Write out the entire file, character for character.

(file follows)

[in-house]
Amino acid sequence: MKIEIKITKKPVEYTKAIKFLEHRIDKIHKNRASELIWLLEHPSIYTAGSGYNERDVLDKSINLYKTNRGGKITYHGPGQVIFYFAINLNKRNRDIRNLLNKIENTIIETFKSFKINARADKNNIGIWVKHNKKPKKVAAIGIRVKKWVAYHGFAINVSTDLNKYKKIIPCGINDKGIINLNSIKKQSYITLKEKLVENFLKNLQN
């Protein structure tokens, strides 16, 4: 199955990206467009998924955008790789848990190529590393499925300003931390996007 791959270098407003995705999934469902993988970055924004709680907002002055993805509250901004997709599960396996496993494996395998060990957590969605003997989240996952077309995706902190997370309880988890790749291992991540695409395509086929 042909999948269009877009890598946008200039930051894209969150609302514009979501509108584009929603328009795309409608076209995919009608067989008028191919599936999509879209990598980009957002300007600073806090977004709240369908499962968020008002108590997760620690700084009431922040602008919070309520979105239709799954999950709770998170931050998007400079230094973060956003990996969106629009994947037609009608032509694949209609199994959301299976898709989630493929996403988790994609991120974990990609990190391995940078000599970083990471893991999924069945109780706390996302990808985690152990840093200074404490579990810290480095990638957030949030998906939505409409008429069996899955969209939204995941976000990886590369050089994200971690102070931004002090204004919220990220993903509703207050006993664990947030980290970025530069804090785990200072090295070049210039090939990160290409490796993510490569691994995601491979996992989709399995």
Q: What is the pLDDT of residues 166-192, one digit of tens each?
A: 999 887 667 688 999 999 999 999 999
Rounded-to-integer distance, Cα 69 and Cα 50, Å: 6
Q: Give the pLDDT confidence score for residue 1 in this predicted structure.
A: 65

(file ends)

[in-house]
Amino acid sequence: MKIEIKITKKPVEYTKAIKFLEHRIDKIHKNRASELIWLLEHPSIYTAGSGYNERDVLDKSINLYKTNRGGKITYHGPGQVIFYFAINLNKRNRDIRNLLNKIENTIIETFKSFKINARADKNNIGIWVKHNKKPKKVAAIGIRVKKWVAYHGFAINVSTDLNKYKKIIPCGINDKGIINLNSIKKQSYITLKEKLVENFLKNLQN
């Protein structure tokens, strides 16, 4: 199955990206467009998924955008790789848990190529590393499925300003931390996007 791959270098407003995705999934469902993988970055924004709680907002002055993805509250901004997709599960396996496993494996395998060990957590969605003997989240996952077309995706902190997370309880988890790749291992991540695409395509086929 042909999948269009877009890598946008200039930051894209969150609302514009979501509108584009929603328009795309409608076209995919009608067989008028191919599936999509879209990598980009957002300007600073806090977004709240369908499962968020008002108590997760620690700084009431922040602008919070309520979105239709799954999950709770998170931050998007400079230094973060956003990996969106629009994947037609009608032509694949209609199994959301299976898709989630493929996403988790994609991120974990990609990190391995940078000599970083990471893991999924069945109780706390996302990808985690152990840093200074404490579990810290480095990638957030949030998906939505409409008429069996899955969209939204995941976000990886590369050089994200971690102070931004002090204004919220990220993903509703207050006993664990947030980290970025530069804090785990200072090295070049210039090939990160290409490796993510490569691994995601491979996992989709399995």
Q: What is the pLDDT of residues 166-192, one digit of tens each?
A: 999 887 667 688 999 999 999 999 999
Rounded-to-integer distance, Cα 69 and Cα 50, Å: 6
Q: Give the pLDDT confidence score for residue 1 in this predicted structure.
A: 65